Monday, May 09, 2011

PUSHKIN & US (U.S.)

Individual poets, whatever their imperfections may be, are driven all their lives by that inner companion of the conscience which is, after all, the genius of poetry in their hearts and minds. I speak of a companion of the conscience because to every faithful poet, the faithful poem is an act of conscience. - Wallace Stevens

Have been reading interesting book on Pushkin and other Russian poets of his generation (The esoteric tradition in Russian Romantic literature, by Lauren Leighton).

Leighton explores the background in Freemasonry which, for the poets, included some knowledge & application of numerology, "cabalistics", and other esoteric codes in their poetry. She quotes Pushkin : "How fun it is to guide one's lines / with ciphers precisely row by row." & she investigates the incredibly sophisticated numerical design in Pushkin's gambling story, "The Queen of Spades". (Anna Akhmatova : "how complex, The Queen of Spades. Layer upon layer.")

But the numbers games of Pushkin and fellow poets (such as Bestuzhev, .a.k.a. "Marlinsky") were motivated not only by aesthetic "fun", but by a need for secrecy. In the early 19th century, revolution was in the air - Romantic poets (inspired by French & American models) expressed heroic aspirations for liberty, democracy, the end of autocracy.... & naturally, came up against the Czar & the secret police (cf. the Decembrist revolt, on which Leighton elaborates).

In fact, what strikes me, reading this study, is how (apparently) seamlessly knit-together were aesthetics and civics in the vocation of poet - in the poet's self- and public image. Poets were (re-)tellers of popular tales, romantic novelists, vox populi, "public intellectuals." They were also tangled up in webs of intrigue and complicity with the Czarist government, and the small (& murky) world of elite aristocracy. The oppressive might of a centralized, unaccountable government, in dialectical fashion, clarified the moral position of the liberal intelligentsia : & this continued even into the 20th century (see Mandelstam's remark - in one of his essays(?) - confirming his "sacred vow to the Fourth Estate").

I started thinking in a vague way, walking to work this morning, just how much this world of poets & literature differs from our own. Here, today, in the U.S., we tend to take political liberty for granted : the temptation is not so much in the direction of conspiracy or extremism, as toward a complacent kind of factionalism. The basic principles of government are not in question; instead, the debates are over how to apply them, and on what ethical-pragmatic-political grounds. We do not have so much a "liberal intelligentsia" as a political class, divided by party affiliation & allegiance to contrasting ideals. We have a nation polarized by partisanship, more interested in one-upping the opposition than in finding common ground. We have professional political careers maintained primarily by lobbyists & the media. Meanwhile, in poetry world, we have a sort of institutionalized "poetry class", dedicated to the idea of differentiating "poetry" as a special kind of substance and activity which requires special treatment, and distinct professional-academic institutions for its support. What is involved is a sort of abdication of the role of "poet" as free intellectual, of the poet as engaged writer.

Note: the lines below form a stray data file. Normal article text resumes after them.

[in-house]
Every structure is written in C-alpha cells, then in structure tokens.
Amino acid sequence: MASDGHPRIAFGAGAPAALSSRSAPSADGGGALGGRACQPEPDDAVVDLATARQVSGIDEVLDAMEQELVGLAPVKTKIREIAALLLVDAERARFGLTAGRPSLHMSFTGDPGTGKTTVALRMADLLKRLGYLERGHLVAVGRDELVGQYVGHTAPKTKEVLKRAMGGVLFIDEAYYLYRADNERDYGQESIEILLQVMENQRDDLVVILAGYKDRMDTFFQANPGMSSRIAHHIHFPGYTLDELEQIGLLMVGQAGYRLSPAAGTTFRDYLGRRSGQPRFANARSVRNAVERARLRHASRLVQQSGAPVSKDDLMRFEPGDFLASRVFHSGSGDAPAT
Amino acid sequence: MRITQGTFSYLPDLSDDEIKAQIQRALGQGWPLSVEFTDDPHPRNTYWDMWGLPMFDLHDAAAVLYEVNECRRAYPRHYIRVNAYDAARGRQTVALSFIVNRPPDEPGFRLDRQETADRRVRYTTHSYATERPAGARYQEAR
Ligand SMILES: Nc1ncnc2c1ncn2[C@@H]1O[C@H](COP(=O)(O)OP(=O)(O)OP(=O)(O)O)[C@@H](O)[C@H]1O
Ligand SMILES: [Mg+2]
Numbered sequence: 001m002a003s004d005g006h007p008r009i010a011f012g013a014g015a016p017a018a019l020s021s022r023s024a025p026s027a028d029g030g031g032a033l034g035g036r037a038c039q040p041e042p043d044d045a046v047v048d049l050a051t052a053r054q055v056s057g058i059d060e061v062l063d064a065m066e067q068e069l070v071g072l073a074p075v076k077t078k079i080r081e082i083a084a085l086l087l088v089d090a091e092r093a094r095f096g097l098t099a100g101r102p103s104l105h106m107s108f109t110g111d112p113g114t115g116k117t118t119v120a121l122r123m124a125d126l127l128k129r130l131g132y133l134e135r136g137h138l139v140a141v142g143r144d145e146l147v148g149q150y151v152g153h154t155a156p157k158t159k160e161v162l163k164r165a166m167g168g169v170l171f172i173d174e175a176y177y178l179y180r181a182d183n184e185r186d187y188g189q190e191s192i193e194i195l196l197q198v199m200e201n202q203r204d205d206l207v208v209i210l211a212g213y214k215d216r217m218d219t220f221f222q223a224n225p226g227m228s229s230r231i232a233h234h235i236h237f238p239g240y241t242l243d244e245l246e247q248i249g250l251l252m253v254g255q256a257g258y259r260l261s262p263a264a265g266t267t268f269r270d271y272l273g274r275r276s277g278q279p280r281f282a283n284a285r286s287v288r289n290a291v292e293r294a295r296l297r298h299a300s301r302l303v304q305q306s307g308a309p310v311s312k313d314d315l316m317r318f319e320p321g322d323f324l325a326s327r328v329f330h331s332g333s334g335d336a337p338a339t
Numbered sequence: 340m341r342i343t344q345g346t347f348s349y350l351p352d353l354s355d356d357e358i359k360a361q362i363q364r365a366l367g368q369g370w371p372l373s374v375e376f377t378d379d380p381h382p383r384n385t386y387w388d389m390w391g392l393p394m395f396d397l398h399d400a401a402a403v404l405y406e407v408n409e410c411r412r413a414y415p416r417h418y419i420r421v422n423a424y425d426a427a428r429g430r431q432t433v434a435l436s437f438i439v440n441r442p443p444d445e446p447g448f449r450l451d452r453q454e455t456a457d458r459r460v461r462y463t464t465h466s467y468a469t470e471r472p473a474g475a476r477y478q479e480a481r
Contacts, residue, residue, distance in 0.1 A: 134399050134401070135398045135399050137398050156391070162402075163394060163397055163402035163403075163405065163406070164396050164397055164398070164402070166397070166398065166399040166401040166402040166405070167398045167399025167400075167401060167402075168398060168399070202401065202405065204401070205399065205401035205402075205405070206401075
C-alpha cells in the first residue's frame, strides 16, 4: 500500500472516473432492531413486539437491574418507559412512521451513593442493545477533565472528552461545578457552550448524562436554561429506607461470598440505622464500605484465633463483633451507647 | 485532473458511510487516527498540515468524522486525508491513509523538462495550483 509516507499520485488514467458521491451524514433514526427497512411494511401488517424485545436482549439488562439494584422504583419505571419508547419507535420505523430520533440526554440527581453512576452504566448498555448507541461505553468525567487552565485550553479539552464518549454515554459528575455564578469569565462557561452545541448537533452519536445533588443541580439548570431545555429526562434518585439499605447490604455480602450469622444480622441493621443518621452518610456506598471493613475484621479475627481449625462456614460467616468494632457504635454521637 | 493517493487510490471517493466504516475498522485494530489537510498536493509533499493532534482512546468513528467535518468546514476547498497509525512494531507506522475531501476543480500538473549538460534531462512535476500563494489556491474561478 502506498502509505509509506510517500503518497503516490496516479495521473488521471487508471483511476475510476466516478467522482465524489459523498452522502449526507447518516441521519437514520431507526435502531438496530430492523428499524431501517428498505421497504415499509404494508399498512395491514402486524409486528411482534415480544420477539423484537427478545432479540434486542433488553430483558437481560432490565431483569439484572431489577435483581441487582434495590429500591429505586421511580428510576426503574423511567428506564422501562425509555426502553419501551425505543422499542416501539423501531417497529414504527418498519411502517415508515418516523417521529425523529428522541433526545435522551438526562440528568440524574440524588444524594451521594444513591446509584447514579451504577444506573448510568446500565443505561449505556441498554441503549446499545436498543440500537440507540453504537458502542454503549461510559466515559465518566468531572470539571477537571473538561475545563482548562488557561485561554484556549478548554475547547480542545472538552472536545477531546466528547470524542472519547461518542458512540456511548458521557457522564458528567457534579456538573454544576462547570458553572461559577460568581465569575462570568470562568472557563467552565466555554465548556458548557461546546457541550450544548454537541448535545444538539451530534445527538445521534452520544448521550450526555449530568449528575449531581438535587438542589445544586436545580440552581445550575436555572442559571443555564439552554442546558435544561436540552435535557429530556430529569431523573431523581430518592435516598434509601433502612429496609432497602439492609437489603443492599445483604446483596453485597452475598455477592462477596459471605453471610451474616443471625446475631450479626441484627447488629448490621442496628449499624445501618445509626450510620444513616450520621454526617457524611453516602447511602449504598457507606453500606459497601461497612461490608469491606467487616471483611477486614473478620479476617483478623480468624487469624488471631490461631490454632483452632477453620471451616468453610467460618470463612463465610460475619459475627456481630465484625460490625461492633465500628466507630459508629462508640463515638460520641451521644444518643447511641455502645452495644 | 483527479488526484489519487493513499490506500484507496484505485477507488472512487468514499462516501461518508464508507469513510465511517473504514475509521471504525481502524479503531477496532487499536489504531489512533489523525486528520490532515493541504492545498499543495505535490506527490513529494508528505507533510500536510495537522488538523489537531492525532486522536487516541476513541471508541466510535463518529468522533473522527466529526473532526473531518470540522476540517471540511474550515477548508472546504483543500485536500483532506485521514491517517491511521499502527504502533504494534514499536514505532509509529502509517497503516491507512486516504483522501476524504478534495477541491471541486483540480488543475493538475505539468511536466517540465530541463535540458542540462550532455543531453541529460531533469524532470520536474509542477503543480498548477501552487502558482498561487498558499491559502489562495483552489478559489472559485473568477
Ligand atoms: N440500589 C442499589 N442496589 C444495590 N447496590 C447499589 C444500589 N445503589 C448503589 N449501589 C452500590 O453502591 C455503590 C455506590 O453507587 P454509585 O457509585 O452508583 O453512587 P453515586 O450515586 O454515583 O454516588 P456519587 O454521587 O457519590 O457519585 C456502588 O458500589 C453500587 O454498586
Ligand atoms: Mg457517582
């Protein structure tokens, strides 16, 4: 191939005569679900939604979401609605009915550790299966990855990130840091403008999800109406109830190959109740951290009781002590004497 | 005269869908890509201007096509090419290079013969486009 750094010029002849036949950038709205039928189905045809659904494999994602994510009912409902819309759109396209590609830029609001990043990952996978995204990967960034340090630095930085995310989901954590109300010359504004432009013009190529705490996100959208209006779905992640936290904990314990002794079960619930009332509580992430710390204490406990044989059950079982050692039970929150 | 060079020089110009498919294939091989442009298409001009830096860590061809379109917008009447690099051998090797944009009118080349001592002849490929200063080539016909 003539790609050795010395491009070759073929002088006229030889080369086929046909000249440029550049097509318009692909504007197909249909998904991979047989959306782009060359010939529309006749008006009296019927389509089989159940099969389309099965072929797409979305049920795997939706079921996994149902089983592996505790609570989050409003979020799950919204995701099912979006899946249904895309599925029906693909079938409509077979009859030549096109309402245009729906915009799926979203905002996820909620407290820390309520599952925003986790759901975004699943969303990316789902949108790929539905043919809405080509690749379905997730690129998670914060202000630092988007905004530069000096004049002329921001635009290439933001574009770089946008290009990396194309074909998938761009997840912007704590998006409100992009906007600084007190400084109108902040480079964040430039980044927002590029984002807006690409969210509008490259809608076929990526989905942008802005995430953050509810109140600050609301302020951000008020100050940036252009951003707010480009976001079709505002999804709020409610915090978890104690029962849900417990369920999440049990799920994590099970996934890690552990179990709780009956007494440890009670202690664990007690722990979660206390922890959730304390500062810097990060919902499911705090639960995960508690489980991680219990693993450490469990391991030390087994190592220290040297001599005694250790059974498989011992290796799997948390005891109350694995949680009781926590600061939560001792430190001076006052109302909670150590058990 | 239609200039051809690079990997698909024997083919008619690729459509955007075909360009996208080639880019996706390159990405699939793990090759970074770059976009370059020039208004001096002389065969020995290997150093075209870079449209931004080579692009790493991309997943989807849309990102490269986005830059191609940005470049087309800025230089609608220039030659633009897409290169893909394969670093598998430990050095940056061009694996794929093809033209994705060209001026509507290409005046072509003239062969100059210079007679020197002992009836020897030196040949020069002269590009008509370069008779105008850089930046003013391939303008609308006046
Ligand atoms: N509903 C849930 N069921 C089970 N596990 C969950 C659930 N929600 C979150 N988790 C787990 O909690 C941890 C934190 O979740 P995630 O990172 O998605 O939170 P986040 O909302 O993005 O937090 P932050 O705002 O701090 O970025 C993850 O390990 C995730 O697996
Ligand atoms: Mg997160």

I don't mean to assert this in order to cry "j'accuse" : I'm just as implicated in this abdication as anyone else - perhaps more so. I'm just trying to understand it. We hear the seasonal calls for more political engagement from poets and poetry : poetry should be more clear, more sincere, more virtuous, more popular. Meanwhile, in counterpoint, we have the seasonal & generational developments of special techniques & styles by means of which poetry is supposedly enabled to promote a more enlightened politics (cf., in their various ways, Language Poetry, the Cambridge School, Flarf, Conceptual Poetry...) .

Somehow I find something basic missing from both these wings of the poetry scene. Poetry is only hobbled by a dependence on either institutions or technique. Both of these approaches reduce poetry to a craft, a career, or a cabal. I tend, rather, to conceive of poetry as a gift and a spirit. The free-standing autonomy of the process of making art (& poems) is allied with imagination, a profoundly synthetic faculty of human intelligence. Yet this constellation of forces is not driven or motivated toward more autonomy (ie., indifference), but in the other direction : toward deeper participation. Here art is allied with science as free intellectual activity : and it's this essential freedom which allows art & poetry to bridge partisan divides, to question & evaluate political slogans & vested interests, to find common ground (often ironic) between supposedly bitter ideological opponents.

The kind of literary activity I am idealizing can only be developed on the fertile ground of literary tradition. We have to get beyond the knee-jerk experimentalism of the nouveau-nouveau (which is profoundly shallow & uninformed), as well as from the marketable brands of traditionalism which reduce poetry to a set of learnable skills. Poetry is a gift & a calling toward engagement. Craft is inseparable from intellect & worldview, as larger, holistic dimensions. On this basis, the dignity of poetry is something sustained by the inner, moral discipline of individual poets (integrity : Stevens' "conscience"), and granted by society at large : it is not an attribute of professional networking or social cliques.

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